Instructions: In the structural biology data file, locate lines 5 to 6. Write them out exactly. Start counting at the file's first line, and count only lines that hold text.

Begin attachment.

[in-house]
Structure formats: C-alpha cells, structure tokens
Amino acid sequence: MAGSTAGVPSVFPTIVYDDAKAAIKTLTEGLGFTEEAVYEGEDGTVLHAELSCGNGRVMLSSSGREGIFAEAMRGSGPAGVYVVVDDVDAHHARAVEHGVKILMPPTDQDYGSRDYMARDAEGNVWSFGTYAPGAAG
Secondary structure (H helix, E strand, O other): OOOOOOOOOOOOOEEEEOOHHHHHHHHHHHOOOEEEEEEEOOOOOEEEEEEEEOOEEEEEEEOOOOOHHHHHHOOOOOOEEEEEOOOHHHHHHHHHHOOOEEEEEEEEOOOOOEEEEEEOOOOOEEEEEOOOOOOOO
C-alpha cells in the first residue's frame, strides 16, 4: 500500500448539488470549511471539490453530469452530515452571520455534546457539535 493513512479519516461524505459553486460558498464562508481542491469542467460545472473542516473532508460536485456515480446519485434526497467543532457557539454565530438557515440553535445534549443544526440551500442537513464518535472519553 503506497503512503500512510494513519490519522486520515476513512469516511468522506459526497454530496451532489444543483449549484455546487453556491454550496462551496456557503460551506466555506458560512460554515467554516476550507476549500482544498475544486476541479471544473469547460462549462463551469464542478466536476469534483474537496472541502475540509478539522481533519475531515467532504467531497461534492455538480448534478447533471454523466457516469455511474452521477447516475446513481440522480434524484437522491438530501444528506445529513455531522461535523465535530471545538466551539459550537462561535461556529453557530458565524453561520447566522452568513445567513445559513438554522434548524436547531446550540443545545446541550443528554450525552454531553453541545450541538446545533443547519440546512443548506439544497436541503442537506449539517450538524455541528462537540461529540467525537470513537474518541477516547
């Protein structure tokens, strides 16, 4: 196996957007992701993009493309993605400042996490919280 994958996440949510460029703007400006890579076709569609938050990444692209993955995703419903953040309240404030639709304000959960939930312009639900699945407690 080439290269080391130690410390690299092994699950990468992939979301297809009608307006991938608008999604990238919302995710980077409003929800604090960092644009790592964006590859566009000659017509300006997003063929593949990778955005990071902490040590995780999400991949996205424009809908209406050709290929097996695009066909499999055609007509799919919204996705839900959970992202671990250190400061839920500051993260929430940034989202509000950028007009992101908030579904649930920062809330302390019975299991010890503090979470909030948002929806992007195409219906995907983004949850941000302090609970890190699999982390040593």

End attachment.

C-alpha cells in the first residue's frame, strides 16, 4: 500500500448539488470549511471539490453530469452530515452571520455534546457539535 493513512479519516461524505459553486460558498464562508481542491469542467460545472473542516473532508460536485456515480446519485434526497467543532457557539454565530438557515440553535445534549443544526440551500442537513464518535472519553 503506497503512503500512510494513519490519522486520515476513512469516511468522506459526497454530496451532489444543483449549484455546487453556491454550496462551496456557503460551506466555506458560512460554515467554516476550507476549500482544498475544486476541479471544473469547460462549462463551469464542478466536476469534483474537496472541502475540509478539522481533519475531515467532504467531497461534492455538480448534478447533471454523466457516469455511474452521477447516475446513481440522480434524484437522491438530501444528506445529513455531522461535523465535530471545538466551539459550537462561535461556529453557530458565524453561520447566522452568513445567513445559513438554522434548524436547531446550540443545545446541550443528554450525552454531553453541545450541538446545533443547519440546512443548506439544497436541503442537506449539517450538524455541528462537540461529540467525537470513537474518541477516547
């Protein structure tokens, strides 16, 4: 196996957007992701993009493309993605400042996490919280 994958996440949510460029703007400006890579076709569609938050990444692209993955995703419903953040309240404030639709304000959960939930312009639900699945407690 080439290269080391130690410390690299092994699950990468992939979301297809009608307006991938608008999604990238919302995710980077409003929800604090960092644009790592964006590859566009000659017509300006997003063929593949990778955005990071902490040590995780999400991949996205424009809908209406050709290929097996695009066909499999055609007509799919919204996705839900959970992202671990250190400061839920500051993260929430940034989202509000950028007009992101908030579904649930920062809330302390019975299991010890503090979470909030948002929806992007195409219906995907983004949850941000302090609970890190699999982390040593």